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Back in the Before Times, when I lived in New York City, I used to travel all over to find the best, most engaging group workout classes through my ClassPass membership. I tried five different spin studios, three different barre spaces, and countless HIIT and strength classes. One of my favorite ways to sweat, though, was indoor rowing: It was something I’d never tried before adulthood, and it totally hooked me. The rhythmic sound of the pull, the almost meditative concentration on form — it all added up to feel so satisfying at the end of a 45-minute block. Plus, it made me feel like a cardigan-clad Winklevoss twin.
But as with everyone else, 2020 upended my routine and I found myself in a totally different space (literally). I moved out of NYC, I stopped going to workout classes (or anywhere, really), and I did all my exercise in the confines of home or alone on the sidewalks. It was a necessary shift given the times, but it was also so much more boring than it used to be.
That’s why when Ergatta reached out to see if I wanted to borrow one of their rowers for a few weeks to give it a test drive, I immediately said yes.
We’ll get to Ergatta’s proprietary software in a second, but the actual rower — made by WaterRower — is pretty impressive on its own. These do not look like the black or silver rowers you’ve seen at your local gym. Instead, they’re crafted from US-harvested cherry wood, with a tank of water used as the resistance (providing a relaxing “whooshing” noise as you use it). This rower genuinely looks nicer than some of my furniture. When in use, you’ll need only about a 8-foot-by-3-foot zone to work out in. But unlike most indoor bikes, ellipticals, or treadmills, this is much more small-space and shared-space friendly, since it can be stood on its end and rolled into a corner so that it takes up less than 4 square feet for storage (“the space of a barstool,” Ergatta says, which is about right).
Of course, Ergatta is not the only rower on the market, and the cost — $2,199, plus a monthly fee of $29 for access to the games, challenges, and races — is on the high end. But the adaptive intelligence of the rower sets it apart, and makes it easy to get a challenging workout in without having to serve as your own coach. The equipment itself is also sturdier than some budget options. Lower-priced models I looked at — ranging from an affordable $250 to a still-steep $999 — topped out at a 250-pound capacity, making them ill-suited to larger bodies. The Ergatta equipment, on the other hand, is rated for up to 500 pounds.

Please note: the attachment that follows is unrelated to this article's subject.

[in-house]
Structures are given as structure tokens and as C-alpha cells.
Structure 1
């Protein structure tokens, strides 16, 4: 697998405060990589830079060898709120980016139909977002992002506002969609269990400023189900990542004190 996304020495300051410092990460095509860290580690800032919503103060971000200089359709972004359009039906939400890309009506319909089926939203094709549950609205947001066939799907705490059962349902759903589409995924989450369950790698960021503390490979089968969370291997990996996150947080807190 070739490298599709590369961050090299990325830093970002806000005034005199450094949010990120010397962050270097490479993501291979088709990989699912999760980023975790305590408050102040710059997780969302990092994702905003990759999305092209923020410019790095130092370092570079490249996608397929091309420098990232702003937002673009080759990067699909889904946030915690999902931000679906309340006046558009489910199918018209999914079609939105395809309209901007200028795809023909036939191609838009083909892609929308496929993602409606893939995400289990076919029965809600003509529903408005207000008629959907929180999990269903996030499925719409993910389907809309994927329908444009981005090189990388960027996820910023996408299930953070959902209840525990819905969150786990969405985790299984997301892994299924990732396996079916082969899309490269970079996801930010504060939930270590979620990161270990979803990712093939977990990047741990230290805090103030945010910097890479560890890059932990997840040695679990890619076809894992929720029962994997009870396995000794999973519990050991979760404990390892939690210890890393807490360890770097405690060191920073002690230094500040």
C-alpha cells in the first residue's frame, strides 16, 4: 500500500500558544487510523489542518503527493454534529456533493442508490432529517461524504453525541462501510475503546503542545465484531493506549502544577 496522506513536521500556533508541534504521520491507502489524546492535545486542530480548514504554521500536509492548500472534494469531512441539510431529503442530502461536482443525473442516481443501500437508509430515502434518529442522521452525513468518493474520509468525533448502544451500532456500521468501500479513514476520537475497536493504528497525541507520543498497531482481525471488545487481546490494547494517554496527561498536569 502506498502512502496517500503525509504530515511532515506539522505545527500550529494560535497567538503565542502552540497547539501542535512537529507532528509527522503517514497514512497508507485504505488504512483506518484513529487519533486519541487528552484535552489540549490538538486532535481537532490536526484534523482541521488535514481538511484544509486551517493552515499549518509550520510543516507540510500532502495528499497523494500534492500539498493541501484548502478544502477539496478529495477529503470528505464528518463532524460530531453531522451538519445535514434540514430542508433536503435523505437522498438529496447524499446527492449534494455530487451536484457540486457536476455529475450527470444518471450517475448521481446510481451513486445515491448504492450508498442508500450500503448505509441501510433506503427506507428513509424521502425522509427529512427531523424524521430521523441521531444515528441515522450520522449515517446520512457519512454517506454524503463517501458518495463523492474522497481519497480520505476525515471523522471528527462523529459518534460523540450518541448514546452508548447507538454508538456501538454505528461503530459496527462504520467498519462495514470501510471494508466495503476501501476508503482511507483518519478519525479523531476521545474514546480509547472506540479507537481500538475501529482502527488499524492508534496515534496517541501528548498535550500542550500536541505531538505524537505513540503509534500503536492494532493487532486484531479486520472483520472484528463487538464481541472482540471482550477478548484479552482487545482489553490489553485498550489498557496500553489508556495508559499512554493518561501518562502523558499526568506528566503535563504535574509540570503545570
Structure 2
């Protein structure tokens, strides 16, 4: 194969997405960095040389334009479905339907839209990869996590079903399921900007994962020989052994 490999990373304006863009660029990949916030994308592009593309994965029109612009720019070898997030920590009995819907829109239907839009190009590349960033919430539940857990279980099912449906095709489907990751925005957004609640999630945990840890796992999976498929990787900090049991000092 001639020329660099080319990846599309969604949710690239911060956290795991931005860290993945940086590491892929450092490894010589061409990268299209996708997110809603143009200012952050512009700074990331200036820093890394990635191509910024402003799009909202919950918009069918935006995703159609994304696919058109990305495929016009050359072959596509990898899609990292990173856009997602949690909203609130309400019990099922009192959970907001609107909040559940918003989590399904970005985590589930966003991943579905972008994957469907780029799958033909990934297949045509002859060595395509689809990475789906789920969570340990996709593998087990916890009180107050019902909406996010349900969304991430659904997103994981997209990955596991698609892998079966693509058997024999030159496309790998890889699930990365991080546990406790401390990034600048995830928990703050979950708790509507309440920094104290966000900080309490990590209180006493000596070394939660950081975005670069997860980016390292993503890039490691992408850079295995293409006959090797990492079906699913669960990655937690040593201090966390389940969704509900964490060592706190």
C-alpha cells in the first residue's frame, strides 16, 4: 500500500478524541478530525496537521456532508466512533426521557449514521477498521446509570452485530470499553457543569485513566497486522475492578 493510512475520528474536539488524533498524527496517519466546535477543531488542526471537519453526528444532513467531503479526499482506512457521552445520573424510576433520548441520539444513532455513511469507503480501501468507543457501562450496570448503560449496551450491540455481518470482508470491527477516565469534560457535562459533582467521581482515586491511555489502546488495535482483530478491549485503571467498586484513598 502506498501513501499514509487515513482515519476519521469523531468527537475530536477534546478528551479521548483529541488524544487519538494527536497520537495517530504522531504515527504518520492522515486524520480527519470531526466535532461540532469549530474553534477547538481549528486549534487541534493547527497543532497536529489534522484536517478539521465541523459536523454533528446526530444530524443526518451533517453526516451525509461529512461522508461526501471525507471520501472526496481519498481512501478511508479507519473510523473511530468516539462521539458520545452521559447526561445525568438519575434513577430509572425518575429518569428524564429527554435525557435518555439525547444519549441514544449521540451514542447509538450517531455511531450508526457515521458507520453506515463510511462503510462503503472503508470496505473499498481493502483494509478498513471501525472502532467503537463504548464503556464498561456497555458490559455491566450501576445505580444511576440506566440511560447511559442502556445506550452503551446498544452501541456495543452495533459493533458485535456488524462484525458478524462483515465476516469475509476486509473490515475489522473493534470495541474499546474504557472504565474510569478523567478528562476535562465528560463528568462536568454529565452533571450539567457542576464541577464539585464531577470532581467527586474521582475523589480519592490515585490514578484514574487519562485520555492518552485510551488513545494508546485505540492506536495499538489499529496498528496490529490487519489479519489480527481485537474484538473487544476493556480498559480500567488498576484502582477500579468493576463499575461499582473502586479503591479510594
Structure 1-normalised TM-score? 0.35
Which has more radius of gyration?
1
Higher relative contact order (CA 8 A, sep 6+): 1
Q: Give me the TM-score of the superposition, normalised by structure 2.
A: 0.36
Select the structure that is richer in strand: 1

It took a couple weeks for my tester Ergatta to be delivered (it was pre-built and carried in for me, so I didn’t have to put anything together — this applies to most customers who live in urban or suburban areas). I sat down the second the delivery people left to start calibrating the Ergatta to my needs, which required a 2,000-meter row that proved to be a workout in itself.
“This was so much harder than I remembered,” I messaged my colleague, hunched over my knees and trying not to hurl.
I was wheezing by the end, with muscles I’d forgotten I had starting to ache. So I was pleasantly surprised when the games really did adapt to my current (very low) level. The relatively quick calibration allows the machine to gauge a user’s ability so that it can then adjust different skill-based games — focused on form, endurance, and speed — to meet your personal fitness level. And over time, Ergatta adjusts to meet your changing skills so that games and races can be made appropriately challenging and you can work toward a goal. From rower basics to 10k endurance, the challenges set up by Ergatta feature multiple workouts made to get more difficult as you progress through the program, which can range from five days to 30 or more.
Unlike my old indoor rowing experience or the exercise behemoth Peloton, Ergatta isn’t focused on a class experience — what makes Ergatta special is its gamification of its workouts. While I certainly was challenged in trying to row hard enough to capture a little Mario-like coin on the screen, the workouts the computer offered me weren’t so difficult as to be impossible or discouraging. The Ergatta also offers races where you’re matched with other real-life users who are close to your level, if you are interested in a more group fitness-like experience. The idea, co-founder and CEO Tom Aulet told me, is that “beating them is achievable but not easy” so users can feel motivated and not defeated.
Even though the Ergatta offers a tough workout, it’s plenty accommodating to people with knee or, in my case, foot issues. With my plantar fasciitis, runs are excruciating, and even biking can cause pain; here, I was able to stay off my feet for the entirety of the session.
If you’re a person who’s motivated by high-energy instructors guiding you through a workout, the Ergatta is not for you. But for those who are compelled by games, races, and challenges, and who want to set semi-personalized workout plans, this might be a good fit. And if it leaves you feeling like an Ivy League rower at the end of a session? Well, all the better.